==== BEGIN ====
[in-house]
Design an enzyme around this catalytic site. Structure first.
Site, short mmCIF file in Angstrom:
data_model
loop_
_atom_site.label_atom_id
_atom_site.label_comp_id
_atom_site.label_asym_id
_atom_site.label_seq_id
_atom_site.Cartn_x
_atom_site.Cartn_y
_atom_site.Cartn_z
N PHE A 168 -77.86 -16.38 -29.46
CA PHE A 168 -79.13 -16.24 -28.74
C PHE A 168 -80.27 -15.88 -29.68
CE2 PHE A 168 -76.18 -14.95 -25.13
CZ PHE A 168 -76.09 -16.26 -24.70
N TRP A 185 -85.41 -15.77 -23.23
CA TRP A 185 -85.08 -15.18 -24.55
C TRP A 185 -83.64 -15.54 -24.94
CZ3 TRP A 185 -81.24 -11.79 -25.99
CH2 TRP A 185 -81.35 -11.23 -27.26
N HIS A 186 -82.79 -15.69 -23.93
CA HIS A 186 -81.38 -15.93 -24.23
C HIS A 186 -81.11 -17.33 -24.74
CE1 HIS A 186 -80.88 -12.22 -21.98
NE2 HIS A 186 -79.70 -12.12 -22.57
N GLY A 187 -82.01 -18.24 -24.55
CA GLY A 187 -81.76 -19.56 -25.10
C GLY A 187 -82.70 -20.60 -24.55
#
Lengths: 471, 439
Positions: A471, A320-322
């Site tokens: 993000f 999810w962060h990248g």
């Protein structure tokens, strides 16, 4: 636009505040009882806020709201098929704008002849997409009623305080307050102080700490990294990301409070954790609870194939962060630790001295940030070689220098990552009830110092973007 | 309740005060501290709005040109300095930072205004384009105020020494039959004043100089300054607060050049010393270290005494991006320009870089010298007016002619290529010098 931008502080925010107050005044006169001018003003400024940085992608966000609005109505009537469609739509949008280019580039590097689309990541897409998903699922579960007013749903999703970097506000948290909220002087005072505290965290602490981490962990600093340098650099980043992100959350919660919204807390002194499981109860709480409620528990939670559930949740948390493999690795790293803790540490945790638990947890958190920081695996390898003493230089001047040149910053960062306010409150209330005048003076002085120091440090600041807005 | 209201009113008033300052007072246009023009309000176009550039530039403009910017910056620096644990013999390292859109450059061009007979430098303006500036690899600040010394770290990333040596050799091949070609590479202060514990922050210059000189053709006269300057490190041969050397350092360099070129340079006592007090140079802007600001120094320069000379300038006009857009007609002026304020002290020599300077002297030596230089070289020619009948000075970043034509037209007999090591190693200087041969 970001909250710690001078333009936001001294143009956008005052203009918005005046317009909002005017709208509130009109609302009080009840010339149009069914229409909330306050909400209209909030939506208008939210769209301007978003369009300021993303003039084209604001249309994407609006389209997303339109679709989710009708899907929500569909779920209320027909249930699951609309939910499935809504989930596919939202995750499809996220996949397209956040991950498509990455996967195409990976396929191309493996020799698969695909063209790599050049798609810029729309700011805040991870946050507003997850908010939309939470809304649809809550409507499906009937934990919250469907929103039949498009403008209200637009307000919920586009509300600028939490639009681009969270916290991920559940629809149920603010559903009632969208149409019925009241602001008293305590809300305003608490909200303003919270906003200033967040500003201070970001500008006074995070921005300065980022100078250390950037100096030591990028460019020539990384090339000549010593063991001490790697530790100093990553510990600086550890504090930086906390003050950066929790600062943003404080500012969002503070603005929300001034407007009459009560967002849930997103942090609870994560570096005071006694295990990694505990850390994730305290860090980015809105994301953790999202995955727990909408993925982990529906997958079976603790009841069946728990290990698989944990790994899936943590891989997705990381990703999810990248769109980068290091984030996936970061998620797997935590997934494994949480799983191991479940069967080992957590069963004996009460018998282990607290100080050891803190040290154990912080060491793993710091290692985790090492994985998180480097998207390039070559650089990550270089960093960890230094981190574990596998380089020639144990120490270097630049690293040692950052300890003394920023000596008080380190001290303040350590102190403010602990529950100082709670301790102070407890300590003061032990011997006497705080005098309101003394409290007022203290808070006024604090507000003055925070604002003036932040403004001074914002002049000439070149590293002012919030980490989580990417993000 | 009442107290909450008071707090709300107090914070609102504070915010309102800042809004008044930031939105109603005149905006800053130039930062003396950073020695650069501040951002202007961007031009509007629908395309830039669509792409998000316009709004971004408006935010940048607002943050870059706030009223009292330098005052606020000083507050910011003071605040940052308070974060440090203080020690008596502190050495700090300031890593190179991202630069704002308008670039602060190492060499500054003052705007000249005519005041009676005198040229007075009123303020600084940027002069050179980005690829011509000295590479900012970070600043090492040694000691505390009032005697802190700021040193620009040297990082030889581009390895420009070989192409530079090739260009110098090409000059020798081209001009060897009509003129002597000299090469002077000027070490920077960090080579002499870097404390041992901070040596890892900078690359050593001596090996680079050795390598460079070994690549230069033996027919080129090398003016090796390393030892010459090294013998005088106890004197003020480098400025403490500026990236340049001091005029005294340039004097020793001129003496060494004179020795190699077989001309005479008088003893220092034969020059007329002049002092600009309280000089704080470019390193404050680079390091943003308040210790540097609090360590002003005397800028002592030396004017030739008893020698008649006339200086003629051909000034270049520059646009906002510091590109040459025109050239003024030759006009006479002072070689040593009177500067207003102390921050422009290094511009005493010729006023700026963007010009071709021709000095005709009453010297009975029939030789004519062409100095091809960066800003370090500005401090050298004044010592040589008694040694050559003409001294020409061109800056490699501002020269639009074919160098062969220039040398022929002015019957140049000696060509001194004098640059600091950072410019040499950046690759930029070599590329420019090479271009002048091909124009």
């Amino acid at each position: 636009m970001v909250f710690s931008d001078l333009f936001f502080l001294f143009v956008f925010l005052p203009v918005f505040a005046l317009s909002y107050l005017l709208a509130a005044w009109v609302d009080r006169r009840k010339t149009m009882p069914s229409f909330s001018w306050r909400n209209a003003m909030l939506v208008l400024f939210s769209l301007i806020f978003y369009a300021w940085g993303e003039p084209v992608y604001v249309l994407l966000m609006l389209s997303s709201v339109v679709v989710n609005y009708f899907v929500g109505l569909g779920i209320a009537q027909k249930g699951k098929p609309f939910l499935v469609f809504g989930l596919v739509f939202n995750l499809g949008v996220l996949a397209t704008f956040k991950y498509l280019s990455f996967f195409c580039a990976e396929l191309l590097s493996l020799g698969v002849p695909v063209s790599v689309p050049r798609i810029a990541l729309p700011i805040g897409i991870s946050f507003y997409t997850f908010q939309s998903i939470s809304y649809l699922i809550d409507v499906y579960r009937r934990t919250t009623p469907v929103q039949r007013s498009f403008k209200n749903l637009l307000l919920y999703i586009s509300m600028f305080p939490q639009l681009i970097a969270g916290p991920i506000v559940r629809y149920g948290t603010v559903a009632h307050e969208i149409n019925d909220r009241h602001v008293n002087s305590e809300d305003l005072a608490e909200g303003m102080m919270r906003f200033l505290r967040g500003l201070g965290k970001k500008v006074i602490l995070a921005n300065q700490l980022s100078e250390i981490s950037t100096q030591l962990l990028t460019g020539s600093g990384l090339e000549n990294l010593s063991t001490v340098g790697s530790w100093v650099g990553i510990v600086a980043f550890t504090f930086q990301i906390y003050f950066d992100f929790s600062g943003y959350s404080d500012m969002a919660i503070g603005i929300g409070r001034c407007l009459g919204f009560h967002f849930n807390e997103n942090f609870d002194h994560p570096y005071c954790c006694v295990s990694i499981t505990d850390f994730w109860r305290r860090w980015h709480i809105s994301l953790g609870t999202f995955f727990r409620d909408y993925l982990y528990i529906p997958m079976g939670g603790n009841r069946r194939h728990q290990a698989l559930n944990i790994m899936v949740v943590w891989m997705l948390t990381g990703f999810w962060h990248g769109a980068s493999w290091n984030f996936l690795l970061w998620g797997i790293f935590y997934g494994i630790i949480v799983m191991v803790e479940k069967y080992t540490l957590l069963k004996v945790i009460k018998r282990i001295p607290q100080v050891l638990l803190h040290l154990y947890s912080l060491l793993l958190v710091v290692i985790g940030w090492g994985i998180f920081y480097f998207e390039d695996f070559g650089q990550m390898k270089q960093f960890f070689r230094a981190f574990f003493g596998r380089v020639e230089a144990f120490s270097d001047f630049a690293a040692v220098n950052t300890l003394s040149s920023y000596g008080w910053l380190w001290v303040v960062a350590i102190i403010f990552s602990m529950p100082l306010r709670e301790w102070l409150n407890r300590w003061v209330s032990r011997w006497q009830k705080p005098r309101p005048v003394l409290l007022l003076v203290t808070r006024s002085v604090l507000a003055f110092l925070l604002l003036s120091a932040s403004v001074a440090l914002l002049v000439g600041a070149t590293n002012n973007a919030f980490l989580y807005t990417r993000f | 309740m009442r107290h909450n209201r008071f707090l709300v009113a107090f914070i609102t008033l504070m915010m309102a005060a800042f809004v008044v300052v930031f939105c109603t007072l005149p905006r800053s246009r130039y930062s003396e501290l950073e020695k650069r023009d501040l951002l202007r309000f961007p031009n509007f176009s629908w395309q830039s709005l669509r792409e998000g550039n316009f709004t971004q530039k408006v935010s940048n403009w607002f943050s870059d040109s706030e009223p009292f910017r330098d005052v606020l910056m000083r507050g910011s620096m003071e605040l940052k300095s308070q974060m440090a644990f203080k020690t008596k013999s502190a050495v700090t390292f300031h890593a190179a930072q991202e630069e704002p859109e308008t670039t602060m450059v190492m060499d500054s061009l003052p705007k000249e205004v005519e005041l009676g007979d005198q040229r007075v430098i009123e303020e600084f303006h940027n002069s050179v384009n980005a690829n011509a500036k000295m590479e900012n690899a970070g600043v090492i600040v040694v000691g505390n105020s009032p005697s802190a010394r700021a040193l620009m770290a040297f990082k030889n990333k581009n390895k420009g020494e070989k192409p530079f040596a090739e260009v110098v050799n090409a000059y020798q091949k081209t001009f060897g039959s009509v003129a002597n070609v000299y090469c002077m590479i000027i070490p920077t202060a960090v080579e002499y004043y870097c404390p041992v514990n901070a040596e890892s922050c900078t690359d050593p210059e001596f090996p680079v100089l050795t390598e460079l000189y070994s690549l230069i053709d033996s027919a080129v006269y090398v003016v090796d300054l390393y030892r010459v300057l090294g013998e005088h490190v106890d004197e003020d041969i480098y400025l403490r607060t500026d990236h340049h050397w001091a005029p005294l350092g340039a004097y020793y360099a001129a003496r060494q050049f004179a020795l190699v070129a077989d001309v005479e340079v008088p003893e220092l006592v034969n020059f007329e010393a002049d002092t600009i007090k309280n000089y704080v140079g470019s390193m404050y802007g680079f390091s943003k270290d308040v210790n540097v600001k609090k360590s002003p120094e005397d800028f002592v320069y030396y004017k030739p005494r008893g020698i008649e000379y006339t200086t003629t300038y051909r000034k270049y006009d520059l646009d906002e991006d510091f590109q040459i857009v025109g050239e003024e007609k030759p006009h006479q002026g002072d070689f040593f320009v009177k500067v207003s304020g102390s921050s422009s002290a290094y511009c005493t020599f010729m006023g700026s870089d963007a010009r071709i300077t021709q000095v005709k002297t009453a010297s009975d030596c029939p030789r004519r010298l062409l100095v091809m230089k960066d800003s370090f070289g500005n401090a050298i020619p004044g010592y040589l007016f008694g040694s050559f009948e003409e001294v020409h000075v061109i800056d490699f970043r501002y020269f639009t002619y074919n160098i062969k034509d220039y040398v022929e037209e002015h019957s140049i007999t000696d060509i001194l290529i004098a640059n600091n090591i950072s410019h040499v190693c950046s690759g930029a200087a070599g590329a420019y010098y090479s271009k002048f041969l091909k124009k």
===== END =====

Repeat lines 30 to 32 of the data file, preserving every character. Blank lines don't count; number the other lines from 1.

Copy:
C GLY A 187 -82.70 -20.60 -24.55
#
Lengths: 471, 439